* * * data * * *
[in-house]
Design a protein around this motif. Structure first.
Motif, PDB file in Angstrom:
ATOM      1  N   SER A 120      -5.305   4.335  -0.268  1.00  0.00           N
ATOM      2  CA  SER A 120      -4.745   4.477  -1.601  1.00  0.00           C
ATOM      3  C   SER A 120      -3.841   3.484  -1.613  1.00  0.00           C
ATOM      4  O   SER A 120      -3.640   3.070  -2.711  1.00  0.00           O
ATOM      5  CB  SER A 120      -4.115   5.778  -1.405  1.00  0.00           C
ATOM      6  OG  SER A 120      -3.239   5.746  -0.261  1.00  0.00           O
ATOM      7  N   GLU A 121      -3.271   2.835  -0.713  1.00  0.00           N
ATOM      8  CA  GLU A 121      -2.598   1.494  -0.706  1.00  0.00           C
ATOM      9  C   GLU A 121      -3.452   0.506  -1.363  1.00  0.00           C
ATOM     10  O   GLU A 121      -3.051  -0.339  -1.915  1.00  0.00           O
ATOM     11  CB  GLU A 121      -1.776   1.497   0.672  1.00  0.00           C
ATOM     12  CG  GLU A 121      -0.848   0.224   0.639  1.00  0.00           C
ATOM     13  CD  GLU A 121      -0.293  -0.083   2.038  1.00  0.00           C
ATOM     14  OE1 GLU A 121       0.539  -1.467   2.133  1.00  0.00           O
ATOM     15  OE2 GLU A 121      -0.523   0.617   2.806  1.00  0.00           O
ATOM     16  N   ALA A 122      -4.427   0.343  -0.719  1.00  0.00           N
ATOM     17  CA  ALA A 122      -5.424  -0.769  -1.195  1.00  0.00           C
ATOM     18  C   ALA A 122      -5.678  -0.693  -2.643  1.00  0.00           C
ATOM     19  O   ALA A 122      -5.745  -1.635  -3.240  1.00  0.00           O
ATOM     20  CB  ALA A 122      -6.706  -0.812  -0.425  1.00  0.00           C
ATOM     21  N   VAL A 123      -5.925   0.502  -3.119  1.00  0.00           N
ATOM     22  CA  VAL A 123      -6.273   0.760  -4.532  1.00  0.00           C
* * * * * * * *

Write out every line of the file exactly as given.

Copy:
[in-house]
Design a protein around this motif. Structure first.
Motif, PDB file in Angstrom:
ATOM      1  N   SER A 120      -5.305   4.335  -0.268  1.00  0.00           N
ATOM      2  CA  SER A 120      -4.745   4.477  -1.601  1.00  0.00           C
ATOM      3  C   SER A 120      -3.841   3.484  -1.613  1.00  0.00           C
ATOM      4  O   SER A 120      -3.640   3.070  -2.711  1.00  0.00           O
ATOM      5  CB  SER A 120      -4.115   5.778  -1.405  1.00  0.00           C
ATOM      6  OG  SER A 120      -3.239   5.746  -0.261  1.00  0.00           O
ATOM      7  N   GLU A 121      -3.271   2.835  -0.713  1.00  0.00           N
ATOM      8  CA  GLU A 121      -2.598   1.494  -0.706  1.00  0.00           C
ATOM      9  C   GLU A 121      -3.452   0.506  -1.363  1.00  0.00           C
ATOM     10  O   GLU A 121      -3.051  -0.339  -1.915  1.00  0.00           O
ATOM     11  CB  GLU A 121      -1.776   1.497   0.672  1.00  0.00           C
ATOM     12  CG  GLU A 121      -0.848   0.224   0.639  1.00  0.00           C
ATOM     13  CD  GLU A 121      -0.293  -0.083   2.038  1.00  0.00           C
ATOM     14  OE1 GLU A 121       0.539  -1.467   2.133  1.00  0.00           O
ATOM     15  OE2 GLU A 121      -0.523   0.617   2.806  1.00  0.00           O
ATOM     16  N   ALA A 122      -4.427   0.343  -0.719  1.00  0.00           N
ATOM     17  CA  ALA A 122      -5.424  -0.769  -1.195  1.00  0.00           C
ATOM     18  C   ALA A 122      -5.678  -0.693  -2.643  1.00  0.00           C
ATOM     19  O   ALA A 122      -5.745  -1.635  -3.240  1.00  0.00           O
ATOM     20  CB  ALA A 122      -6.706  -0.812  -0.425  1.00  0.00           C
ATOM     21  N   VAL A 123      -5.925   0.502  -3.119  1.00  0.00           N
ATOM     22  CA  VAL A 123      -6.273   0.760  -4.532  1.00  0.00           C